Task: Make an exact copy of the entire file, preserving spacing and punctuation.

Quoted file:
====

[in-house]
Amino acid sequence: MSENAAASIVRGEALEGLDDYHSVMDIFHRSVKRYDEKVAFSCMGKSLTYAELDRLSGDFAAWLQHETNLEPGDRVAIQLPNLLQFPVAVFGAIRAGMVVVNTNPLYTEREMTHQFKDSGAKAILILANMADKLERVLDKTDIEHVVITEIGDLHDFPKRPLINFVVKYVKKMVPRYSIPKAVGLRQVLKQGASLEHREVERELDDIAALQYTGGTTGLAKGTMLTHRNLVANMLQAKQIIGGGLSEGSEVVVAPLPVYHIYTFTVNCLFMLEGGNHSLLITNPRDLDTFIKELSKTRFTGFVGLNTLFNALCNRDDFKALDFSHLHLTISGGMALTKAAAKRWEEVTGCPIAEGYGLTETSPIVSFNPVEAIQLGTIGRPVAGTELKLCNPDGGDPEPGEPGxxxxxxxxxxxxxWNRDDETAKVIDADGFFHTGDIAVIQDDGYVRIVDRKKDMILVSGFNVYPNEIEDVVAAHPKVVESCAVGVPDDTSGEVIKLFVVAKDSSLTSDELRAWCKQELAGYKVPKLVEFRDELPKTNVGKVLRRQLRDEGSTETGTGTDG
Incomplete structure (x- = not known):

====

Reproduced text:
[in-house]
Amino acid sequence: MSENAAASIVRGEALEGLDDYHSVMDIFHRSVKRYDEKVAFSCMGKSLTYAELDRLSGDFAAWLQHETNLEPGDRVAIQLPNLLQFPVAVFGAIRAGMVVVNTNPLYTEREMTHQFKDSGAKAILILANMADKLERVLDKTDIEHVVITEIGDLHDFPKRPLINFVVKYVKKMVPRYSIPKAVGLRQVLKQGASLEHREVERELDDIAALQYTGGTTGLAKGTMLTHRNLVANMLQAKQIIGGGLSEGSEVVVAPLPVYHIYTFTVNCLFMLEGGNHSLLITNPRDLDTFIKELSKTRFTGFVGLNTLFNALCNRDDFKALDFSHLHLTISGGMALTKAAAKRWEEVTGCPIAEGYGLTETSPIVSFNPVEAIQLGTIGRPVAGTELKLCNPDGGDPEPGEPGxxxxxxxxxxxxxWNRDDETAKVIDADGFFHTGDIAVIQDDGYVRIVDRKKDMILVSGFNVYPNEIEDVVAAHPKVVESCAVGVPDDTSGEVIKLFVVAKDSSLTSDELRAWCKQELAGYKVPKLVEFRDELPKTNVGKVLRRQLRDEGSTETGTGTDG
Incomplete structure (x- = not known):